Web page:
Feeling tense and stressed, worried all the time. Anxious, expecting the worst.
Your pulse is faster than allegro vivace. Your thoughts are jumping like kangaroos through the arid Australian outback.
You can’t think or stay focused; constantly on edge.
Your crappy childhood still runs your life.
Will the wounds ever heal?
You want to scream.
When The Moon Is a Green Cheese
You believed that everyone lived like you—humiliated, bullied and criticized. Used as a lightning rod for your mother’s rage. And don’t you complain, girl, or it will be worse!
Drawn into Mother’s reality, you couldn’t relax trying to survive in a toxic environment. Where only Mother’s feelings, thoughts, and needs had a value. And everything that went wrong, was your fault.
Anxious and depressed? Suck it up—children don’t have these kinds of feelings, as I was told.
No compassion or empathy, no adult support.
Being able to feel safe with other people is probably the single most important aspect of mental health. – Bessel van der Kolk, M.D.
But living on top of an active volcano is never safe.
Your Private Hell
Anxiety and depression followed me since I was little. I couldn’t sleep and I choked on solid food because of a constant tension in the body. Stepping over the lines on the asphalt on the way to school was a normal thing to do. Just like keeping my head down.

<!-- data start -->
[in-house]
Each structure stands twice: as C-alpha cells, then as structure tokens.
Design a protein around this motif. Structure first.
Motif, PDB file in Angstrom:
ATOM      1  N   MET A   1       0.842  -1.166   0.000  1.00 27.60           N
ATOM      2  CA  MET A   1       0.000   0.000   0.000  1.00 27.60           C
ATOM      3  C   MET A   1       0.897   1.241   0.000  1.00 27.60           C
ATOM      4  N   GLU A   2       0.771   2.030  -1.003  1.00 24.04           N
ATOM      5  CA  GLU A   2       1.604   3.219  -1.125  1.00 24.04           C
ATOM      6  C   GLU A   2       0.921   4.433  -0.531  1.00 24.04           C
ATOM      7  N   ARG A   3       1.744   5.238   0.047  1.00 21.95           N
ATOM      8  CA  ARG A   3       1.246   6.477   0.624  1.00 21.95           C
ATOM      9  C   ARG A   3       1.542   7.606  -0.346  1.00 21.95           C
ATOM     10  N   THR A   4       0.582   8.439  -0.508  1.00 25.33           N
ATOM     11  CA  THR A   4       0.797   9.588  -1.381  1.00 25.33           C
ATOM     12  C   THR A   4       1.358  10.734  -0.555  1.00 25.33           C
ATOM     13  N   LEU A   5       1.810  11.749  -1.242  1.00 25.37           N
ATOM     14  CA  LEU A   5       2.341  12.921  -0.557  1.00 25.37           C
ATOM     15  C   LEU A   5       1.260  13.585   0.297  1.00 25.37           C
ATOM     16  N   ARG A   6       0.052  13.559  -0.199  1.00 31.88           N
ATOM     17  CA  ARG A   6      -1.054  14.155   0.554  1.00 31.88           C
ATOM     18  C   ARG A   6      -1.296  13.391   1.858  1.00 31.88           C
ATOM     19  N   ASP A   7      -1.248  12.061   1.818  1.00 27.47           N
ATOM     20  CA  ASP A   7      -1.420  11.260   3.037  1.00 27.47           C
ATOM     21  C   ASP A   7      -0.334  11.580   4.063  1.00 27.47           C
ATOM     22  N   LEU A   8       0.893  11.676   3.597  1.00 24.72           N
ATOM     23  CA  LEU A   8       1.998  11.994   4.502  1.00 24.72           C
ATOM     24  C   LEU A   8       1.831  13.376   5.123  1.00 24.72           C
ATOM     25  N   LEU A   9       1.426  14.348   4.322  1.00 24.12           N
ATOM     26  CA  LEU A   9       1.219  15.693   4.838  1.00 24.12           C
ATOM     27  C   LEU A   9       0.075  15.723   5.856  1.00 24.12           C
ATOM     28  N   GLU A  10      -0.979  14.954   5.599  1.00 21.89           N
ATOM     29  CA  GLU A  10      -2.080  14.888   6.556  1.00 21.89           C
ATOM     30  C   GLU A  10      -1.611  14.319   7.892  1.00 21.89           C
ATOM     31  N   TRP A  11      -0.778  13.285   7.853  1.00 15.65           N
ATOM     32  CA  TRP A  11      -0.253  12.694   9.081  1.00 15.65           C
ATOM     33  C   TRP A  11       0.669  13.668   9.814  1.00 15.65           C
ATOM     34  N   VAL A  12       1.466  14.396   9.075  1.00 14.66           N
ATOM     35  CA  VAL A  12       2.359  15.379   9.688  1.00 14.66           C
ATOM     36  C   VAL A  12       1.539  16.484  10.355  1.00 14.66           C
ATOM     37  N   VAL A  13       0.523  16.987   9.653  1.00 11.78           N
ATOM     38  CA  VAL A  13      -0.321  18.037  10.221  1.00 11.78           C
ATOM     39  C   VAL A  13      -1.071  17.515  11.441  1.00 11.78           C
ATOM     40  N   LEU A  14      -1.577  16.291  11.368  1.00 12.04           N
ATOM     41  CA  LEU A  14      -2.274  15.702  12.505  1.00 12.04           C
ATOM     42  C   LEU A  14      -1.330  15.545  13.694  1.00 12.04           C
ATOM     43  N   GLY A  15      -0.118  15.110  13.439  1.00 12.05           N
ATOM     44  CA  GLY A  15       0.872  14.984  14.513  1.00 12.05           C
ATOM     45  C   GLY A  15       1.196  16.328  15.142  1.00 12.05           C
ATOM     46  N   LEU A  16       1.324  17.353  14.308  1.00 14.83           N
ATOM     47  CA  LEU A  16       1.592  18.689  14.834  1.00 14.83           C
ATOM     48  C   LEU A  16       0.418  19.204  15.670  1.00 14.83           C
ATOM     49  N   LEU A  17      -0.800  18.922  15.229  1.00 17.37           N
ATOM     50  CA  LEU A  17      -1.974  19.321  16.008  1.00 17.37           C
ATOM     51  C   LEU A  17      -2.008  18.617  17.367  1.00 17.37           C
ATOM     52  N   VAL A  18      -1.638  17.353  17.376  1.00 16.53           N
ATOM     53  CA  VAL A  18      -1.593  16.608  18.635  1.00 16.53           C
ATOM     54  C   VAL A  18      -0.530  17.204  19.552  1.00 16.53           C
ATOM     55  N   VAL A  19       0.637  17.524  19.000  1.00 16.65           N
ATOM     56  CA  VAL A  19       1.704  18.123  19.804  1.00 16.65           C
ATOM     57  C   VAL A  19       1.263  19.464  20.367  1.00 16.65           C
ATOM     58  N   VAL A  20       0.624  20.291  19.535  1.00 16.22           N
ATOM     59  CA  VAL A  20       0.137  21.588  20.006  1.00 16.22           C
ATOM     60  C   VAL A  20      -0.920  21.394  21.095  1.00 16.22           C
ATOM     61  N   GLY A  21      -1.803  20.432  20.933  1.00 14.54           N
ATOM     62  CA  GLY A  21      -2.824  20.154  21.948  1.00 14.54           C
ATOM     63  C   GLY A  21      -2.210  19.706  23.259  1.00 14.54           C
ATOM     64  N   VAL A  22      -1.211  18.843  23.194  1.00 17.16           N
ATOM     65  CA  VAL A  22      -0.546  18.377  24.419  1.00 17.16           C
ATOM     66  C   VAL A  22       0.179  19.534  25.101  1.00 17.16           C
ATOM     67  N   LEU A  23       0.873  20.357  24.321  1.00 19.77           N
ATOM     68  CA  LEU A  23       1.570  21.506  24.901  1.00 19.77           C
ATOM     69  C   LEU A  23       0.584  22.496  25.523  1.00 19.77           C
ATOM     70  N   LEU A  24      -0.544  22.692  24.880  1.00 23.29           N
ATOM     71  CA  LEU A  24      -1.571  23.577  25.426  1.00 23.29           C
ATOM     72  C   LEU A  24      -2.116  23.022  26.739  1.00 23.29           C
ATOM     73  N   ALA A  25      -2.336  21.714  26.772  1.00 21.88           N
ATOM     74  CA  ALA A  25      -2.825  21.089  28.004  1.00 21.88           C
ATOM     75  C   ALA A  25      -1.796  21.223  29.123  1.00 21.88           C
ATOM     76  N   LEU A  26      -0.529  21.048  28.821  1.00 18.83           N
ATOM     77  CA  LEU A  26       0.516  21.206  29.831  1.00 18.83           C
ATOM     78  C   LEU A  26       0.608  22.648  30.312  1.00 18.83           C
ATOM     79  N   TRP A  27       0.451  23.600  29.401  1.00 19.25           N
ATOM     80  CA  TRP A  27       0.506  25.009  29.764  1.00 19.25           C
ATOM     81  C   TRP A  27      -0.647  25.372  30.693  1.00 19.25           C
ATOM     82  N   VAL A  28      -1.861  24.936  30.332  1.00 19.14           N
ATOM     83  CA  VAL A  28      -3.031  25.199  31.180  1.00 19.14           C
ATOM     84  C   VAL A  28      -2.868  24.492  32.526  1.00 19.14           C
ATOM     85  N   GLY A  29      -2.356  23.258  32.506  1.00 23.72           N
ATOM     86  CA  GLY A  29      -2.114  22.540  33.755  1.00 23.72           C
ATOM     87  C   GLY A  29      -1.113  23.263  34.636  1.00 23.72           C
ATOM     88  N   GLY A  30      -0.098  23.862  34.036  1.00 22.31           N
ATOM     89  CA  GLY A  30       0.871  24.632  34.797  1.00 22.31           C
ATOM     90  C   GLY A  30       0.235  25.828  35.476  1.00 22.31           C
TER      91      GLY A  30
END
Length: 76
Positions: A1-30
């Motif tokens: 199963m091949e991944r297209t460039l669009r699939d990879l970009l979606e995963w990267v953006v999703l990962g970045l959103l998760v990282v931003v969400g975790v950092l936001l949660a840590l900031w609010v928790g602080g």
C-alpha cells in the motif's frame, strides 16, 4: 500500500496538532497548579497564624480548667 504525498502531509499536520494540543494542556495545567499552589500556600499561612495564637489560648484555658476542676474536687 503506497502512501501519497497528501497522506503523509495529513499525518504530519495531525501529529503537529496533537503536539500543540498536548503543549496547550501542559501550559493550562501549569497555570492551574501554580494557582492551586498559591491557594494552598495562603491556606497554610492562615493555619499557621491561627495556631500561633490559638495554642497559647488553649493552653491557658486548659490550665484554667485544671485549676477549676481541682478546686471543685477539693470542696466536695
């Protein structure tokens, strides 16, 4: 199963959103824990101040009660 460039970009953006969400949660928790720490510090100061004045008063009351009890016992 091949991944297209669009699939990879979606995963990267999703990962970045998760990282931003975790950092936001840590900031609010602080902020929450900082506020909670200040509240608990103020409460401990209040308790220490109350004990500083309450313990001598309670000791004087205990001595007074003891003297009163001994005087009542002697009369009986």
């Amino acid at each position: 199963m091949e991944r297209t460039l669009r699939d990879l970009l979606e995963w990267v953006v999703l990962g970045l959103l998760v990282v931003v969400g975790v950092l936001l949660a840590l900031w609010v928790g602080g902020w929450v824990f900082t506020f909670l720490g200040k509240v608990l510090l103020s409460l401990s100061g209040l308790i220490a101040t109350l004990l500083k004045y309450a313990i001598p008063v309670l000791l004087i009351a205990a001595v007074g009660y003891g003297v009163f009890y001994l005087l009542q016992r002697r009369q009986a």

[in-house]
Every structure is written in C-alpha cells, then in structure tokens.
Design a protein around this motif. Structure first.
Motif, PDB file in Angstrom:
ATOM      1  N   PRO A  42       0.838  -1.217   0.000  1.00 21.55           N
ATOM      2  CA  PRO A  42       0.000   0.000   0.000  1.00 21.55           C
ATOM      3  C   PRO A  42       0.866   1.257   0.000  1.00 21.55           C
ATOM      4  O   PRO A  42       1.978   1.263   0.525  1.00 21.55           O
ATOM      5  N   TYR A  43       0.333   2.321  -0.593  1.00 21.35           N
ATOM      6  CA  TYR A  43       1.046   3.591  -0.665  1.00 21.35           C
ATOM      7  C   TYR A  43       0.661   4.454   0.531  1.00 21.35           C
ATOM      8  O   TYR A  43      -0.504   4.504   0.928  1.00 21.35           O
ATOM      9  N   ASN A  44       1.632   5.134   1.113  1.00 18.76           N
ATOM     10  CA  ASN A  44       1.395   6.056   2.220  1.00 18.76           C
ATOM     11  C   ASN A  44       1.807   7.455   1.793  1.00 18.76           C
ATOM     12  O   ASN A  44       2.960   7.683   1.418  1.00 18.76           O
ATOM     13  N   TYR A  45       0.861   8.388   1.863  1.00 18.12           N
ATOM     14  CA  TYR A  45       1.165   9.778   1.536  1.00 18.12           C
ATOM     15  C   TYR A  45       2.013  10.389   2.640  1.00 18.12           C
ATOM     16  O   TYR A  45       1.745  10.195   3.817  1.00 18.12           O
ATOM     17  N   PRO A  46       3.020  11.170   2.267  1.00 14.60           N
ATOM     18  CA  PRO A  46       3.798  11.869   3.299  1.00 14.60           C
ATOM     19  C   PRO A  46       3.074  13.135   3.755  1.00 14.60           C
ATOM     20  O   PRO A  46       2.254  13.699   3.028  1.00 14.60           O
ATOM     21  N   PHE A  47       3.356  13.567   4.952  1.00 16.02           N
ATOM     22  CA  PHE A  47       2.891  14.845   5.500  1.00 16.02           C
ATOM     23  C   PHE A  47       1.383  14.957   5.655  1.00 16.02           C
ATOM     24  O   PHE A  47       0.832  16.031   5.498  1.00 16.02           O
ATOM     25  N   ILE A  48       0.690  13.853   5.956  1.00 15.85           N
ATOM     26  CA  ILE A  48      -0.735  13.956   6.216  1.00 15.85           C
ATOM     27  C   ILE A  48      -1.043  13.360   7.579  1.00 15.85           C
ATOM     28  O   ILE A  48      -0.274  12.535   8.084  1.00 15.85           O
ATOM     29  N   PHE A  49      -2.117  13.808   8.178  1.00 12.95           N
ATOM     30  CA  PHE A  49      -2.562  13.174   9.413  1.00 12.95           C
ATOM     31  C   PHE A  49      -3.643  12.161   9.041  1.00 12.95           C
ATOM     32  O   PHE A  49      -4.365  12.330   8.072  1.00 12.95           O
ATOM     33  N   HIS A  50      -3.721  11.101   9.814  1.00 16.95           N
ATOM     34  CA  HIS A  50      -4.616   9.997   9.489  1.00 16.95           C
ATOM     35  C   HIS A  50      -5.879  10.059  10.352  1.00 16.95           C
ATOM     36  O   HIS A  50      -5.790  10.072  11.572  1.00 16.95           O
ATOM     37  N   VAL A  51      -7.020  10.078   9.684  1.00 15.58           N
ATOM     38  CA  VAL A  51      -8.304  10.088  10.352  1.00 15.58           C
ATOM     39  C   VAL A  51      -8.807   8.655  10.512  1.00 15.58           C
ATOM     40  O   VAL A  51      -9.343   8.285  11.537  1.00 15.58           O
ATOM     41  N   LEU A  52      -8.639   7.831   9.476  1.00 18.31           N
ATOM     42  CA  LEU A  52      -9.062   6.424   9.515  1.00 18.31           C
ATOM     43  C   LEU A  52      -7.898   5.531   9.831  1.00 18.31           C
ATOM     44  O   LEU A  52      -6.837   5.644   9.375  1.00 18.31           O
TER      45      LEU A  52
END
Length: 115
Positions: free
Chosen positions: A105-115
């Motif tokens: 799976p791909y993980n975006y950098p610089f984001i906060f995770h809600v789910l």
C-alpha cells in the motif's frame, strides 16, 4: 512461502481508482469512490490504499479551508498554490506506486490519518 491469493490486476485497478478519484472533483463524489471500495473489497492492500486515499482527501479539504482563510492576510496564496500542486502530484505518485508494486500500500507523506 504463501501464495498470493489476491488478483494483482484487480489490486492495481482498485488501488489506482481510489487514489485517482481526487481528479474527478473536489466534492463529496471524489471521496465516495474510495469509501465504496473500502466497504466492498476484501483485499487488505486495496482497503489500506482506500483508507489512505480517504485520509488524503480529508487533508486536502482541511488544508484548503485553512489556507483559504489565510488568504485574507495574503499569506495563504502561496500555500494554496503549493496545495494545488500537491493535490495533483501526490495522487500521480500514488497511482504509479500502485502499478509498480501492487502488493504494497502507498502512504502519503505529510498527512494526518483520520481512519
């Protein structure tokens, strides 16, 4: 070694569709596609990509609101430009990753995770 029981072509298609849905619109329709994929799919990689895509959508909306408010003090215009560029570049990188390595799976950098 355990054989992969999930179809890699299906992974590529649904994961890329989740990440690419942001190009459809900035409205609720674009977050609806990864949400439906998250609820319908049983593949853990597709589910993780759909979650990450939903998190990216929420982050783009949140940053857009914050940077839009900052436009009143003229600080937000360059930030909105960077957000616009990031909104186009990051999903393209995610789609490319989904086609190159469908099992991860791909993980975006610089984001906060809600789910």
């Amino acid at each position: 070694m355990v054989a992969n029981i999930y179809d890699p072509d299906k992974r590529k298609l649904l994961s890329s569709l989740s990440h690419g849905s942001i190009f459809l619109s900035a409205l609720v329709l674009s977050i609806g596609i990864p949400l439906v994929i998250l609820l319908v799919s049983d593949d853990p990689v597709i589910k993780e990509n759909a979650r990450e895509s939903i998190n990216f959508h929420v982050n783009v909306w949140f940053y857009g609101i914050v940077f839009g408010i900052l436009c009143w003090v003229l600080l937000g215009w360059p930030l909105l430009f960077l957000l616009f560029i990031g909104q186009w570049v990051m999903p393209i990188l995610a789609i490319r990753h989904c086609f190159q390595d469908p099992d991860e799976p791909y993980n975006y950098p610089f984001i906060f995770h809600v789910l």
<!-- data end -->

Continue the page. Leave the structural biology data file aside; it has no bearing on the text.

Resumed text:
Good at hiding how I felt, the emotional pain was always present. Like pain in my stomach and in my back.
But it took me decades to realize that the hell of my childhood has taken a grip on my health.
Here’s what I learned since.
Trauma Erodes Your Health
When you live in fear you can’t escape year after year, your stress response system gets seriously screwed. Even when the danger is no longer there, it keeps you in a fight/flight/freeze mode, shooting stress hormones into your bloodstream like a jammed automatic gun.
You feel overwhelmed, anxious, or panicked.
Stress hormones are running the party negatively affecting your autonomic nervous system, increasing inflammation levels, and weakening your immune system.
As result, they change your physiology and can potentially destroy your health.
The effects of these hormones on the following five areas of your life show why it’s vital to keep hope alive.
#1 Your emotional health
You live with anxiety and depression, worry, shame, guilt, and grief. Feeling helplessness and hopelessness when you need strength. Angry at yourself or the world outside. Maybe numb and lonely, even wishing you were dead.
#2 Your physical health
Childhood trauma may affect your heart, liver, and even your lungs.
A there is a long list of other disorders like lupus, chronic fatigue, thyroid problems, and back pain. Irritable bowel syndrome, arthritis, and depleted adrenals–they all can be influenced by childhood trauma, according to research.
But there is more.
#3 Your cognitive functions
Your brain’s cognitive functions are also compromised by childhood trauma.
Symptoms like daydreaming and spacing out during stressful moments, forgetfulness or amnesia of past life events can be painful to cope with. Depersonalization and derealization can make you feel like a living dead, and they are also pretty common.
You may experience flashbacks, intrusive thoughts or recurring nightmares, too.
No wonder you can’t concentrate and your thinking is foggy—your mind is either too busy, taking a break or both at the same time.
#4 Your behavior
Childhood trauma survivors, like you and I, often use alcohol and drugs to soothe the pain. Some harm themselves and some are prone to suicide.